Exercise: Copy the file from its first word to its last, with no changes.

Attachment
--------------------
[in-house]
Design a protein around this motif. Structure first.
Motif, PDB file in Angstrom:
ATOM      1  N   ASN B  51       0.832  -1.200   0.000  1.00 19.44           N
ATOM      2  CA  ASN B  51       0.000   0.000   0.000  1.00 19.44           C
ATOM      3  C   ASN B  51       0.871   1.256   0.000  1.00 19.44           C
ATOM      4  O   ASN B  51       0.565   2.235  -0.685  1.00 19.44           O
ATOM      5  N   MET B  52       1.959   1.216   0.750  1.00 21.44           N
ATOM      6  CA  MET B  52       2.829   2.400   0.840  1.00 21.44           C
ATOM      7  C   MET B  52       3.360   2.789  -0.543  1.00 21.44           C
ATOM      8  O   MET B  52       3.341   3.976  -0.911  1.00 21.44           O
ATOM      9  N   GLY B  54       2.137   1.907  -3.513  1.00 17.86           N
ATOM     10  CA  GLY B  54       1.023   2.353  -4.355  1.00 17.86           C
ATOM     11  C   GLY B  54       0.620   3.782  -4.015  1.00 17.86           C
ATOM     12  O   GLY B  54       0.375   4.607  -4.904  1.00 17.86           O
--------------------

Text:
[in-house]
Design a protein around this motif. Structure first.
Motif, PDB file in Angstrom:
ATOM      1  N   ASN B  51       0.832  -1.200   0.000  1.00 19.44           N
ATOM      2  CA  ASN B  51       0.000   0.000   0.000  1.00 19.44           C
ATOM      3  C   ASN B  51       0.871   1.256   0.000  1.00 19.44           C
ATOM      4  O   ASN B  51       0.565   2.235  -0.685  1.00 19.44           O
ATOM      5  N   MET B  52       1.959   1.216   0.750  1.00 21.44           N
ATOM      6  CA  MET B  52       2.829   2.400   0.840  1.00 21.44           C
ATOM      7  C   MET B  52       3.360   2.789  -0.543  1.00 21.44           C
ATOM      8  O   MET B  52       3.341   3.976  -0.911  1.00 21.44           O
ATOM      9  N   GLY B  54       2.137   1.907  -3.513  1.00 17.86           N
ATOM     10  CA  GLY B  54       1.023   2.353  -4.355  1.00 17.86           C
ATOM     11  C   GLY B  54       0.620   3.782  -4.015  1.00 17.86           C
ATOM     12  O   GLY B  54       0.375   4.607  -4.904  1.00 17.86           O